Sunday, January 26, 2020

Fussy Cutting Class Fun

A couple of weeks ago I taught a fussy cutting class at Back Door Quilts here in Greenwood, Indiana. I enjoy fussy cutting, talking fussy cutting, looking at fabric for fuss cutting....    Well, you get the idea.  I enjoyed getting together with others that are interested in learning.   I cut kits for the class and included paper pieces, templates, marking pen and fabrics.  

Here are some examples of some of the French General fabric that I enclosed.  I showed a 1" hexagon, 1" jewel, and 2" 60 degree diamond.  I also basted 3 hexagons for each student.  One was thread basted through the paper, another had the fabric tack stitched at each corner, and the third was glue basted.  

In these photos, I show you how you can fussy cut a hexagon.  This is the same hexagon, but in this second photo the hexagon pieces have been turned 180 degrees. When you baste your hexagon pieces, take time to audition them in different arrangements.  Sometimes you end up sewing the pieces together in a different way than you intended when cutting.  I call that a "happy accident".  In the photo above, you end up with the white lines creating a secondary design that forms a wonky star.  In the hexagon below, at first glance you see a white circle in the center. It all depends on which way you like the best.   In fussy cutting there is no right or wrong way to sew a block together.

Here is the example of the 60 degree diamond.  Sewing it together as in the first photo, there is a red circle with a blue center.

But in the second star you get a red flower in the center with a white star as a secondary design.

The last shape we worked with was the 1" jewel.  Below the 1" jewel is shown with the points together.  This layout ends up the same size as a 1" hexagon flower.

Here the 1" jewel has a hexagon in the center .  You can see how you get a totally different look depending on how you arrange and sew your pieces together 


 This is the first hexagon that we worked on in class.  I love how the two stripes in the outer round gives the whole block a totally different look.  

I also included some Di Ford fabric to make the hexagon in the center below.  That fabric (I have it in both color ways), is really great for fussy cutting.  

Below is the same fabric in the teal color.  

Here is another example that I took to class.  I also took along several different quilts to show examples.

The table topper below is made from my Sunburst Dresden Table Topper pattern.  It is available in my Etsy shop or at Back Door Quilts.  I made this as an example that you can fussy cut shapes other than those that are for English Paper Piecing.   

Every one also got the fabric and pattern to make this snowman mini quilt.  The snowmen are fussy cut from a fabric that I bought at Back Door Quilts.  

Here is another shape that I fussy cut.  These paper pieces were a gift from my friend, Rosemary.  Right now I don't remember the name of the paper pieces.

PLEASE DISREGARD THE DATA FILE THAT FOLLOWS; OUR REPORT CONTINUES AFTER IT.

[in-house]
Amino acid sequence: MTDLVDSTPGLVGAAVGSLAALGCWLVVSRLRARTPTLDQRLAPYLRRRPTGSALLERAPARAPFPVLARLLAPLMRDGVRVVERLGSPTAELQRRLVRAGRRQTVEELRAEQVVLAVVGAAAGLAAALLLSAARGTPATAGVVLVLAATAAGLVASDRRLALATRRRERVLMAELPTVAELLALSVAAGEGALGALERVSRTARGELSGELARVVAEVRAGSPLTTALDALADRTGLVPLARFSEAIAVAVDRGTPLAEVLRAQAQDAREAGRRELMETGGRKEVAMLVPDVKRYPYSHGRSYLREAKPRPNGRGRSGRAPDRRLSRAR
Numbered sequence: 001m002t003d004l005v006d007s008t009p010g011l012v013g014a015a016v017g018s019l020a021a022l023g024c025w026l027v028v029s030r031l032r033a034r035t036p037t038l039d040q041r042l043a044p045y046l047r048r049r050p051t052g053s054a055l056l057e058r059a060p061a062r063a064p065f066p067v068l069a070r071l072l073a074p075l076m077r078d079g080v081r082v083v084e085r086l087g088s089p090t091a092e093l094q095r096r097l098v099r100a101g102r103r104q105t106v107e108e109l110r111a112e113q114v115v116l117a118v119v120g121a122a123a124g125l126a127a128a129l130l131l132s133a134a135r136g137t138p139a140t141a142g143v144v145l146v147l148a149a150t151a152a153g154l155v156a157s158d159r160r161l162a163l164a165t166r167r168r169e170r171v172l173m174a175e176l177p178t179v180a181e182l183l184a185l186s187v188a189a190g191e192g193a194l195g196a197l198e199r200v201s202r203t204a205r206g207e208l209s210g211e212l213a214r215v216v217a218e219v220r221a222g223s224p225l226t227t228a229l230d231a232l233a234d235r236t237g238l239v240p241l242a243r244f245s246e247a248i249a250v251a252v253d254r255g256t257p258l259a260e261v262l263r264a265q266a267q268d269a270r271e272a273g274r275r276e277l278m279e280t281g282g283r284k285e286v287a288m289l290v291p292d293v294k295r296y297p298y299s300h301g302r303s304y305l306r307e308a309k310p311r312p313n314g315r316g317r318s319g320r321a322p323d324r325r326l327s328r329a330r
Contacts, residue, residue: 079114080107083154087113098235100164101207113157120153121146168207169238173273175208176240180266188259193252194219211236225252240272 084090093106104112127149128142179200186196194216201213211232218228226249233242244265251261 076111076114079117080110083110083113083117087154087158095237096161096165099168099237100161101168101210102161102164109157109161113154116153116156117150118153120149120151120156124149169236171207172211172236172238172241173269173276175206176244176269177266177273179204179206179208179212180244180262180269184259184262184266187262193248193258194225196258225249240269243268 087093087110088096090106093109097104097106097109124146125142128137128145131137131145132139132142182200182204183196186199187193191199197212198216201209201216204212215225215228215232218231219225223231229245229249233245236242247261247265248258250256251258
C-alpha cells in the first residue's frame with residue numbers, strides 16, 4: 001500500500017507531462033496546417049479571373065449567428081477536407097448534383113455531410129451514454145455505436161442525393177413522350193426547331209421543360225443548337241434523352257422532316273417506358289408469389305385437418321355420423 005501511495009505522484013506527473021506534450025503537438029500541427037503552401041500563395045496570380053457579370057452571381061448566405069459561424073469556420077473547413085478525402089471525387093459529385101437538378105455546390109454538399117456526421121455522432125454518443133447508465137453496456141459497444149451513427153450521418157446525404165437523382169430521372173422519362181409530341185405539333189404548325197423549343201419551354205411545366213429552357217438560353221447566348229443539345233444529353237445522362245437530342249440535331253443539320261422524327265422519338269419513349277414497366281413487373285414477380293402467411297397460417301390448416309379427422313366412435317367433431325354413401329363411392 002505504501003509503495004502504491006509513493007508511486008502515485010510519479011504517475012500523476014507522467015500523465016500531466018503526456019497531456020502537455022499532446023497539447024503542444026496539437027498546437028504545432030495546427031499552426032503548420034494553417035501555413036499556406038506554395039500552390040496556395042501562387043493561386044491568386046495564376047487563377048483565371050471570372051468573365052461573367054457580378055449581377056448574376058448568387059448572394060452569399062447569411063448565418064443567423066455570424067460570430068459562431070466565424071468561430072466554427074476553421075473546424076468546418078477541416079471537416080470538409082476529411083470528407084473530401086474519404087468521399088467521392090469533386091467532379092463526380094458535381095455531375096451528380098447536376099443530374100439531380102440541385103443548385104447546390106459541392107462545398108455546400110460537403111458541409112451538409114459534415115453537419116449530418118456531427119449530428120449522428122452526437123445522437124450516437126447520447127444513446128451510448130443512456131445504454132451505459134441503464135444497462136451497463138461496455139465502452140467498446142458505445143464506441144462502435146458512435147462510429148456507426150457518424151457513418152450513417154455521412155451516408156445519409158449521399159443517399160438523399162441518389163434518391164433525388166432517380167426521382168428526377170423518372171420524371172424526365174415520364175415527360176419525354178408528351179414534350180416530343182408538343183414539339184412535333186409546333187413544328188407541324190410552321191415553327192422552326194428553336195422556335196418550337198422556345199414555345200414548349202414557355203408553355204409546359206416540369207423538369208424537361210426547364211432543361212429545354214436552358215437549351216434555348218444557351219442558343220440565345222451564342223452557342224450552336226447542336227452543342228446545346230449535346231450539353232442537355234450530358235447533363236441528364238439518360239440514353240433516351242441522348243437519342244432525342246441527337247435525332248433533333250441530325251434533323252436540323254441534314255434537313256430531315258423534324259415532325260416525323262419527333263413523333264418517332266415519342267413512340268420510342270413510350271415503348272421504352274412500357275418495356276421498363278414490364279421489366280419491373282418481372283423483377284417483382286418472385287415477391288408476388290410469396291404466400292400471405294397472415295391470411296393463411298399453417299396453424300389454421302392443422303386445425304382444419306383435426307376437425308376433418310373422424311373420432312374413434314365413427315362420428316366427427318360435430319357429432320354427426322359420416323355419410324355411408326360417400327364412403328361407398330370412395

The first block of my Antique Wedding Sampler has a bit of fussy cutting.  The pattern for the quilt is in Di Ford's book, Primarily Quilts.  I love every quilt in that book, and I have a lot of the original border fabrics that she used in her quilts in the book.  

Here is another block from my Antique Wedding Sampler.  The center is fussy cut.  I ended up hand piecing that little star.  It's pretty tiny.  

I am kind of addicted to sewing hexagons.  I keep some basted and stored in this case below in case of emergency.  You never know when you're going to need a hexagon to sew.  I have 2 more cases like the one below.  One has bright 1" hexagons and the other has 3/4" hexagons.

I've been cutting and sorting some of my stash.  I cut, sewed, and donated 30 pillowcases
 to the group at church that sews charity items.  

I sewed with Quilters United yesterday and turned in 30 Christmas stockings for next year, 12 burp pads and a few quilts made from kid friendly fabrics.  I've been keeping pretty busy.

Here are the links on my blog to my fussy cutting tutorials:

Fussy Cutting Tutorial

Lucy Boston Framed Tutorial

Thanks for stopping by for a visit.

I hope you are finding some time to stitch today.

Saturday, January 4, 2020

And The Stockings Were Hung....

A belated Merry Christmas to you.   I had planned to post this before Christmas, but time got away from me.

As you can see, the stockings weren't hung by the chimney with (or without) care.   I believe one of the last times I hung our family stockings on the fireplace, one of the filled stockings fell on our cat who loves to lay in front of the fire.  Another year I put some chocolate in the stockings.  We have a gas fireplace, so it comes on as easy as turning on a light switch.  That chocolate was pretty squishy after a night hanging over the fire.

For a few years, our stockings have remained in the box in the basement.   Then I saw this idea on Pinterest.  (I somehow have 2 Pinterest accounts.   One has no pins, and the other is linked here on my sidebar.  You can see my pins by clicking the link on the right.)   I had the ladder in our bedroom with a crocheted piece on it, so all I had to do was put lights on the ladder and tie the stockings on with ribbon.


You can see the cat's blanket in front of the fireplace.  The bubble lights on the fireplace have been around for ages.  I love the decorations from back in the day.  I crocheted the tree skirt in this photo and the photo below.  I enjoy knitting and crocheting in the winter.

The photos are kind of dark.  It looks like I took them at night.  The tiny tree on the right (below) is for my grandson's room.  Someone at their house ran over the cord with the vacuum, and the lights quit working so I ordered another string of the fairy lights and fixed it.

The quilt on the wall is from a pattern linked on my sidebar.   You can find it by clicking here.  It is a Moda pattern that I made with smaller blocks.  The table topper pattern is my pattern and is available in my Etsy shop here.

I make these little quilts with 1 1/2" half square triangles.   They measure about 12 1/2" when finished.  You could put Insul Bright in them so you could use them to hold hot dishes.   The knitting needle tree is something I remember from when I was younger.  My Mom always had one of these, and I would help put it together.   I did a post and showed how I do my knitting needle tree here.